​Interest in daytime clubbing spikes with "800% increase" in online searches

A new study explores why daytime partying is piquing interests in the UK

A new study from Startle has found that interest in daytime clubbing is peaking with an “800% increase” in online searches.

The spiked interest in daytime clubbing has been attributed to a number of factors, including priority shifts and a continued decline in the number of nightclubs across the UK.

The study cites Nighttime Industries Association’s latest report, which revealed that one in five nightclubs have closed down in the past three years in the UK alone, facing issues with rent overheads and bills as the cost of living crisis continues.

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The study also found that the way over 30s are partying is shifting, and priorities now lie in health and wellbeing. “Individuals in this age bracket are experiencing a lifestyle shift,” said James Picken, music and behavioural science expert at Startle.

“Plans of a mortgage, children, and responsibilities such as pets are also on the cards, making folk think twice whether a 10:PM start for a night out is feasible.”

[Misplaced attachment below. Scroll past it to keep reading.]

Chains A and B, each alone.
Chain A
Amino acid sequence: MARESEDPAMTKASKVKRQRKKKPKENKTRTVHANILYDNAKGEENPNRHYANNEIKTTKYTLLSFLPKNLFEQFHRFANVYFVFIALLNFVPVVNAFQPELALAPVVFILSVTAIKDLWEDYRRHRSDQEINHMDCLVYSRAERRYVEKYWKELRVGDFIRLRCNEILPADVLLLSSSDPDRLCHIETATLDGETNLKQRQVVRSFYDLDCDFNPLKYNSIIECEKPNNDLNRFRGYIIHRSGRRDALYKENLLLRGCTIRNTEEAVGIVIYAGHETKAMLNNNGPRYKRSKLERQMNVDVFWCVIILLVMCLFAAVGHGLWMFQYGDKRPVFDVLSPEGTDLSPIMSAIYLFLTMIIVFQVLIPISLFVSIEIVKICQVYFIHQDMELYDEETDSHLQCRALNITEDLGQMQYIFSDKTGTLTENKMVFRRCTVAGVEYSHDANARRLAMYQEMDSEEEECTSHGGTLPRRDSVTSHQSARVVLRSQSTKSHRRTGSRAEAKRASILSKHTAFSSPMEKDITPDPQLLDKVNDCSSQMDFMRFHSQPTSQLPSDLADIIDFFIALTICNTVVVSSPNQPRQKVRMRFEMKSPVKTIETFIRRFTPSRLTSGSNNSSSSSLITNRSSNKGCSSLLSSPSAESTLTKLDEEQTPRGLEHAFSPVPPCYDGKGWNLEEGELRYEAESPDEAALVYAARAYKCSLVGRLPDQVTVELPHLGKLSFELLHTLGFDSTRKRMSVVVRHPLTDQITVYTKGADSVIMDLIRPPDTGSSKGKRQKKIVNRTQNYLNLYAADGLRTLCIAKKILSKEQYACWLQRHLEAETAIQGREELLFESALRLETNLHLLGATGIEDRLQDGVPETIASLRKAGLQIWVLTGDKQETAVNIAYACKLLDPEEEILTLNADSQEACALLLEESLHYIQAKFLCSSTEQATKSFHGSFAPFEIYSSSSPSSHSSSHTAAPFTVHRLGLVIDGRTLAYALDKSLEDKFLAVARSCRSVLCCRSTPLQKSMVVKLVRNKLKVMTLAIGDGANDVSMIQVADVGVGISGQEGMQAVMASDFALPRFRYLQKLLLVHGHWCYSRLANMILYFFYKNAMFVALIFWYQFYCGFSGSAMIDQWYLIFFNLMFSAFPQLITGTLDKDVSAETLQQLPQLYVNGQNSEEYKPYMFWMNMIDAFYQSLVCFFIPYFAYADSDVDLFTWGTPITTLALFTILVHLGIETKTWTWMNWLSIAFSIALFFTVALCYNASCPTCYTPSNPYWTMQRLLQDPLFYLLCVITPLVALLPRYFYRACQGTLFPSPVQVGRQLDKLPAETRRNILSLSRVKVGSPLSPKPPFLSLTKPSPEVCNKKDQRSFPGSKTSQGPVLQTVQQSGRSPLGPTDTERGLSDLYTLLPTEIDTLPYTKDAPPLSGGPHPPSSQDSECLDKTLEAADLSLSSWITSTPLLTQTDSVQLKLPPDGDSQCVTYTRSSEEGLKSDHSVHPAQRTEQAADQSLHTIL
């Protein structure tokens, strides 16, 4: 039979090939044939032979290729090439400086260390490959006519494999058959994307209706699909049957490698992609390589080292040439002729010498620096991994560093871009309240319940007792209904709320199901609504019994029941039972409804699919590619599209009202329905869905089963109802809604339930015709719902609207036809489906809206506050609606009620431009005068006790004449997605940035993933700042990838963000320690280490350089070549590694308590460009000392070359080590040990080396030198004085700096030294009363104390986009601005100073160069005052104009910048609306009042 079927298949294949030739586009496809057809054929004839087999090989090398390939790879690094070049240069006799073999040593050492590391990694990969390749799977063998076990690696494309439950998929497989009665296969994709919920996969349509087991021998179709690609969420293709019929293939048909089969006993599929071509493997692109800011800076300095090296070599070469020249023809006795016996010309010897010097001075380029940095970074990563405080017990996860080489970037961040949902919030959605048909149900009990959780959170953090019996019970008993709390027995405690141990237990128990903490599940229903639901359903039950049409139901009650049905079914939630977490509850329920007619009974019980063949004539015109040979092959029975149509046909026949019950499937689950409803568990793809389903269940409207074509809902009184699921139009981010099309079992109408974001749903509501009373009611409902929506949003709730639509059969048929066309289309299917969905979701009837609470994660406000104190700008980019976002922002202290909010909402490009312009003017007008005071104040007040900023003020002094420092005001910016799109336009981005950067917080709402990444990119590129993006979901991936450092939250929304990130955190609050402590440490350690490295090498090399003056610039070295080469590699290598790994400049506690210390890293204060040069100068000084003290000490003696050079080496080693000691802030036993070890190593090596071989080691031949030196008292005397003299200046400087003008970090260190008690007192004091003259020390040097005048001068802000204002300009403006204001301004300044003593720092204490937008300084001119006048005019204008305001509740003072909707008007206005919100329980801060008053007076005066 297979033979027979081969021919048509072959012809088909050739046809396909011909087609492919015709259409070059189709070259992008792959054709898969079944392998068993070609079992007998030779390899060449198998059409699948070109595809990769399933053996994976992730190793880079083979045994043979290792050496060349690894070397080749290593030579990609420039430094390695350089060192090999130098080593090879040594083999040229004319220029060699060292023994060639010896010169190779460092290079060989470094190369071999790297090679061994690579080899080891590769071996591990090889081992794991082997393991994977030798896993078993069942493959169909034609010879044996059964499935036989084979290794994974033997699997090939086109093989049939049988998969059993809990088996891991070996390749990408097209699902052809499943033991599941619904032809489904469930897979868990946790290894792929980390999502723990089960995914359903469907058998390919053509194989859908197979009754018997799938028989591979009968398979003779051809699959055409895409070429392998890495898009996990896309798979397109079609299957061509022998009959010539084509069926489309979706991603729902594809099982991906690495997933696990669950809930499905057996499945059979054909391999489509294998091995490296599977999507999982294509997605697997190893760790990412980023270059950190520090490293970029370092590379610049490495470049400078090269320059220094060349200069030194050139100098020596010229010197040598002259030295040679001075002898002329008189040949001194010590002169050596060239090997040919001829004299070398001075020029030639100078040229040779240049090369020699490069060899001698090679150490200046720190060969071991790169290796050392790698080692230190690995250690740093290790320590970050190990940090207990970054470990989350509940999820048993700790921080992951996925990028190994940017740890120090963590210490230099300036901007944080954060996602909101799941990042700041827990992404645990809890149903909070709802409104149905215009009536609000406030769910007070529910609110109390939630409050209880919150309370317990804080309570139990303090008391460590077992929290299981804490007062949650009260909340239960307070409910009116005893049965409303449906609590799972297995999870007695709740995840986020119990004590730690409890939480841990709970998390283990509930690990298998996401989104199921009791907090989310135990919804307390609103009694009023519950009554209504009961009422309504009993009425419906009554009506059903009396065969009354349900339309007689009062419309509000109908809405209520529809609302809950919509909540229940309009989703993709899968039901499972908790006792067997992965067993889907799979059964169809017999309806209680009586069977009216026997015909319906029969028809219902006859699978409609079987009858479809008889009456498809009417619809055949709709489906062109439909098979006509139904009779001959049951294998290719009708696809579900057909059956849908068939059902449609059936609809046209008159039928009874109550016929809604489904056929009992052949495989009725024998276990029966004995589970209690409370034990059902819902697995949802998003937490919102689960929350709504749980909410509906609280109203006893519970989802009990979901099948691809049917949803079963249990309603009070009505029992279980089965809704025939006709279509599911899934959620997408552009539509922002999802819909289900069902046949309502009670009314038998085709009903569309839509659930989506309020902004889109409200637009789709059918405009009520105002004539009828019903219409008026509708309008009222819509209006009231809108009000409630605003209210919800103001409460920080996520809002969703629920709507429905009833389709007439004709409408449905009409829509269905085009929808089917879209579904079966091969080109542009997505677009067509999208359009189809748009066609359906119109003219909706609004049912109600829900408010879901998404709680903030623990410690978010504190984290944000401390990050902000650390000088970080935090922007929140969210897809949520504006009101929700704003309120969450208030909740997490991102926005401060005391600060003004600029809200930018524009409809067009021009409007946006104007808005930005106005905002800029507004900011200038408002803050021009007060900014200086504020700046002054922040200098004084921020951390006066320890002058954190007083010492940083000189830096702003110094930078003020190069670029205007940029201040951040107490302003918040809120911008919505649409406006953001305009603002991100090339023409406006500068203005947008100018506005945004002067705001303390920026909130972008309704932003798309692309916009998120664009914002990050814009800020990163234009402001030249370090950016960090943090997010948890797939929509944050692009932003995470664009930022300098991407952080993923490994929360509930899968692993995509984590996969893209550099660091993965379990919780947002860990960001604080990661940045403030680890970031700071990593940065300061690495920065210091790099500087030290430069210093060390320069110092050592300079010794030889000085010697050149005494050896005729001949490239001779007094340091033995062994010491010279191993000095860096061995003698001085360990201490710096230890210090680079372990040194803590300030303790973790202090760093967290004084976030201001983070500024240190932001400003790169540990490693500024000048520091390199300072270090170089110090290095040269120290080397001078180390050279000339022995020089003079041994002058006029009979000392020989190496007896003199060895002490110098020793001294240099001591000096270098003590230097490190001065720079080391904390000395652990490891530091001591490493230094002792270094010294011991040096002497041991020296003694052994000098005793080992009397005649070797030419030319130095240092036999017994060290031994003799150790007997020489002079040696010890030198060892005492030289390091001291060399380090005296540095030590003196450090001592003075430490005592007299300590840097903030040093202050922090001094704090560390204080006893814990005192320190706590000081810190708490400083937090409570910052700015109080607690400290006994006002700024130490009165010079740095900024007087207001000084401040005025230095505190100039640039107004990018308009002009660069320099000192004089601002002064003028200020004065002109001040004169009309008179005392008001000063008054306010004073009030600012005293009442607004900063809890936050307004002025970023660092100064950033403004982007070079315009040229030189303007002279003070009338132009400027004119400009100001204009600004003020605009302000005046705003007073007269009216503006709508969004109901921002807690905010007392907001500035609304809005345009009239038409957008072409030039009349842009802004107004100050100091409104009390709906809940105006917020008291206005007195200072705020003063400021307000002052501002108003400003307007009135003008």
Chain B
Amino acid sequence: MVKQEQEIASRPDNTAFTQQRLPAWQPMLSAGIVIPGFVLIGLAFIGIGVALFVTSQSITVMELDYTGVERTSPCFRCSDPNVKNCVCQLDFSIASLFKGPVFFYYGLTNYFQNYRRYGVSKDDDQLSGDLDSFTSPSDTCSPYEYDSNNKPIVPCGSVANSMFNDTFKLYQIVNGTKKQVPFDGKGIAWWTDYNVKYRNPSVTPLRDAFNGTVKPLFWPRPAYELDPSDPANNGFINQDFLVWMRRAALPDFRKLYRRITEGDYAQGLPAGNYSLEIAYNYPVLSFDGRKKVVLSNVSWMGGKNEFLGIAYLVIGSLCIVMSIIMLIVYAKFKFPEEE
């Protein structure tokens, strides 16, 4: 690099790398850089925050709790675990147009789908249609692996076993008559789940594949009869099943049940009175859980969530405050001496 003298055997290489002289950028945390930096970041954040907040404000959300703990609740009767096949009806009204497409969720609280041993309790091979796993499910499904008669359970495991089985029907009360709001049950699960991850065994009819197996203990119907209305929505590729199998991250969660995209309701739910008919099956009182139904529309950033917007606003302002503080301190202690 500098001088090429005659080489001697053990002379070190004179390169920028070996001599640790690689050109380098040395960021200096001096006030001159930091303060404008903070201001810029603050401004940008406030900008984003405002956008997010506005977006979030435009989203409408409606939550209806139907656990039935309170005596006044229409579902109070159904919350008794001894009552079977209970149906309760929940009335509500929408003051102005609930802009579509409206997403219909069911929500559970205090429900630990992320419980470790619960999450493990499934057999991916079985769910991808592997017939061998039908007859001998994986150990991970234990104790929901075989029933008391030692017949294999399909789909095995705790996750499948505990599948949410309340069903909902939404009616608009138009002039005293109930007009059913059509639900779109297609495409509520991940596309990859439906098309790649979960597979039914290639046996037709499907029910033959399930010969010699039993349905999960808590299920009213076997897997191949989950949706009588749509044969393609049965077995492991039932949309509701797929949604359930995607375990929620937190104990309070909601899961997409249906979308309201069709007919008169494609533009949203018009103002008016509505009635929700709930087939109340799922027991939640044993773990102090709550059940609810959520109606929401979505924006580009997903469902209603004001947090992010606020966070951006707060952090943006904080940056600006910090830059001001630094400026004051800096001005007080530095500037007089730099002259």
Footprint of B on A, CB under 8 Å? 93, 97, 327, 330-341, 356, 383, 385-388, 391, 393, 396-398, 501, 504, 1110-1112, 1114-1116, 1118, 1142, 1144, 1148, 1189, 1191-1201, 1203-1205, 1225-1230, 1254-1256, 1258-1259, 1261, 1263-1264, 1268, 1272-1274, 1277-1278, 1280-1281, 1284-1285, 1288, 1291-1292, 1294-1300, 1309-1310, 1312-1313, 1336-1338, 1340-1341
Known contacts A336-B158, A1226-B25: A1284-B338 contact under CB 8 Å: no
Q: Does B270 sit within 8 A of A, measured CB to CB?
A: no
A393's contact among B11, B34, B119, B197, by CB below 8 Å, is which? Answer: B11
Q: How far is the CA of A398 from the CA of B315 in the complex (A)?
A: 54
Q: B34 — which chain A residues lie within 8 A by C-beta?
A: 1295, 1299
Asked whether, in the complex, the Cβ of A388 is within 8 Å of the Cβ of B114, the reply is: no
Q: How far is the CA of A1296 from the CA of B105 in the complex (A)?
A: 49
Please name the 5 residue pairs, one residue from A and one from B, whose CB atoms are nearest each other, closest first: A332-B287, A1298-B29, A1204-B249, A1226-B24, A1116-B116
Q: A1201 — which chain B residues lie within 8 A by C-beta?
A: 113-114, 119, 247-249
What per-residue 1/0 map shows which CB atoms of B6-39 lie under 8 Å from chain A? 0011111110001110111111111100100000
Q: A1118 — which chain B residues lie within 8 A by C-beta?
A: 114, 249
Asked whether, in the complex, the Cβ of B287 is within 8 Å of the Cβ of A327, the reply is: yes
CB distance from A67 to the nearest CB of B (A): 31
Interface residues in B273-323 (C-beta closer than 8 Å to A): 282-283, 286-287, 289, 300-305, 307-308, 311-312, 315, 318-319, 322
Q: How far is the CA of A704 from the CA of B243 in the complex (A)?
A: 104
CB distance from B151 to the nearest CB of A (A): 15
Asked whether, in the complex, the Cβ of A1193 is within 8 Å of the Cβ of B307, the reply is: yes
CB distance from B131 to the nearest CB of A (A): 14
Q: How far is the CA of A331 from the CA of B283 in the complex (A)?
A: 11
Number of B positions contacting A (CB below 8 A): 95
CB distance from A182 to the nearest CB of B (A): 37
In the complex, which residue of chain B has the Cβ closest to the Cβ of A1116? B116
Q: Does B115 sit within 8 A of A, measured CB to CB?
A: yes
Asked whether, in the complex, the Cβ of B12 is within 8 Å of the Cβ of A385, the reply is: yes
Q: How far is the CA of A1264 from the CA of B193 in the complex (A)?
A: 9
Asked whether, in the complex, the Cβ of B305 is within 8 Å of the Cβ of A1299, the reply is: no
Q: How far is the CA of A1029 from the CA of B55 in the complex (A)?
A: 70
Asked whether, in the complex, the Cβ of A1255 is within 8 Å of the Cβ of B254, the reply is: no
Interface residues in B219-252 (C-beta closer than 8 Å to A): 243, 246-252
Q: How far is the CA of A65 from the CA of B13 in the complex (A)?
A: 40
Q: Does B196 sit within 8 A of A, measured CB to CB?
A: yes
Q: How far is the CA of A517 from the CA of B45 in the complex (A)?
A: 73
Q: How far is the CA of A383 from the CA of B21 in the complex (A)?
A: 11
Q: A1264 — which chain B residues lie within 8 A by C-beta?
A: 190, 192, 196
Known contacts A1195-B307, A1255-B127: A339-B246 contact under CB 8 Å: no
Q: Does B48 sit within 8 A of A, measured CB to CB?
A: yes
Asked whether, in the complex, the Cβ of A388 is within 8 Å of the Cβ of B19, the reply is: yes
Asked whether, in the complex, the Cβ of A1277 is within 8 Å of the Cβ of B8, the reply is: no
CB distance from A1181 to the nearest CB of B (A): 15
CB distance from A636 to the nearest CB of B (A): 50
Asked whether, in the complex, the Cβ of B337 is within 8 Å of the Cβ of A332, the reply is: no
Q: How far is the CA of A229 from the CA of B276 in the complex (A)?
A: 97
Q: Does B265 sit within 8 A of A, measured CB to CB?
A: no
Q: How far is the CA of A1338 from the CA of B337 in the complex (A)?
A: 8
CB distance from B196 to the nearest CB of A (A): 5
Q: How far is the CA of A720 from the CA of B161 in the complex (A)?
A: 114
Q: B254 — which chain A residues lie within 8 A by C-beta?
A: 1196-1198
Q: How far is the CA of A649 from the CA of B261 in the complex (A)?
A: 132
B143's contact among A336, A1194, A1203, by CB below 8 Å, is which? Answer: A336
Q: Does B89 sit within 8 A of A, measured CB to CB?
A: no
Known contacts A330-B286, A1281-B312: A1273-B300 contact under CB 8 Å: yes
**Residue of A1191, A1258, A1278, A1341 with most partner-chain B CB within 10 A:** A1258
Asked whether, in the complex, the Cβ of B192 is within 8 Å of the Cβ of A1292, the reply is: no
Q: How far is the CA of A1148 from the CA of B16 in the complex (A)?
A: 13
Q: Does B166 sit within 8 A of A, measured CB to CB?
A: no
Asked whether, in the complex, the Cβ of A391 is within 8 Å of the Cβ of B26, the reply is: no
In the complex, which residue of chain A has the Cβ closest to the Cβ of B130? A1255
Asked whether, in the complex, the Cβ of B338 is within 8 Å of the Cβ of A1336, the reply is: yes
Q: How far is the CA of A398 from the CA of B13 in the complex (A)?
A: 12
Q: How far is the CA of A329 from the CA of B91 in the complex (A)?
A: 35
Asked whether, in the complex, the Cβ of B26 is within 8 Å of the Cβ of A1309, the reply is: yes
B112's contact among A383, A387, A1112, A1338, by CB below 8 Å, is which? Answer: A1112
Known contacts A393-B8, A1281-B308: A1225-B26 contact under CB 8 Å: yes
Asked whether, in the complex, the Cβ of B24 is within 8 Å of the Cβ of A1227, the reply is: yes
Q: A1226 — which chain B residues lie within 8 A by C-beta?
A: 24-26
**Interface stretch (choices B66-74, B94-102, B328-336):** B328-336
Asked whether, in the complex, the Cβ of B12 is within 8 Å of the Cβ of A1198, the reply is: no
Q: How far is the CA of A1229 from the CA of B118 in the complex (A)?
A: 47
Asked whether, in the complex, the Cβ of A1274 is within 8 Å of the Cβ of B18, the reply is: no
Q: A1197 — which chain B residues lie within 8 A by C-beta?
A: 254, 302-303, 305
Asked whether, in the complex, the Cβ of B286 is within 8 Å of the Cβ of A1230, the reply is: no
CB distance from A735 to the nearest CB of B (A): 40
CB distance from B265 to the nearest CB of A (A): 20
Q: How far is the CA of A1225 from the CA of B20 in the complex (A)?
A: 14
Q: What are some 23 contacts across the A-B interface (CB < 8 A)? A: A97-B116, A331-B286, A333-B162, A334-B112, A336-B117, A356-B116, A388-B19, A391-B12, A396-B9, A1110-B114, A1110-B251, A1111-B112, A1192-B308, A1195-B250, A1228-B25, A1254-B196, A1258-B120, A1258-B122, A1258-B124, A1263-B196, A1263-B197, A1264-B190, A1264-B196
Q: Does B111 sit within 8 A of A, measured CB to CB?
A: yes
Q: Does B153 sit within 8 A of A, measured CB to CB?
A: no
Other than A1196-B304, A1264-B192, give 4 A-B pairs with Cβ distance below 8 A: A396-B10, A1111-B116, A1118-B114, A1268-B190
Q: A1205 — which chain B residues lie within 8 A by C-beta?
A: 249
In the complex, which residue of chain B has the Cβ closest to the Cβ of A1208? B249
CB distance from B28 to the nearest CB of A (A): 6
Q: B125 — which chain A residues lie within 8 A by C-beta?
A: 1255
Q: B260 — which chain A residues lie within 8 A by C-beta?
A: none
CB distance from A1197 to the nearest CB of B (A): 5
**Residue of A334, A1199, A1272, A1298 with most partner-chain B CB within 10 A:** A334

The study also found that, as the original “rave generation” hit their 50s, night-time events are becoming less appealing. “Daytime clubbing events give older generations the perfect opportunity to connect with people their own age and relive their youth,” Picken says.

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In February, The Guardian spoke to the founders of a new over-50s daytime clubbing event in Sheffield, Day Fever, helmed by filmmaker Jonny Owen and Line of Duty actress Vicky McClure.

“I had an idea about going out in the afternoons, sort of like traditional clubbing, as I call it,” Jonny Owen told The Guardian. “We thought we’d give it a go and see how it goes. We had no idea what the reaction would be.”

One Day Fever clubgoer explained: “You can meet for lunch, come here and then come home, go let the dog out, watch the 10 o’clock news. You’ve got your Sunday free. I’m in my 50s, we’re the generation who invented rave in Ibiza.”

Gemma Ross is Mixmag's Assistant Editor, follow her on Twitter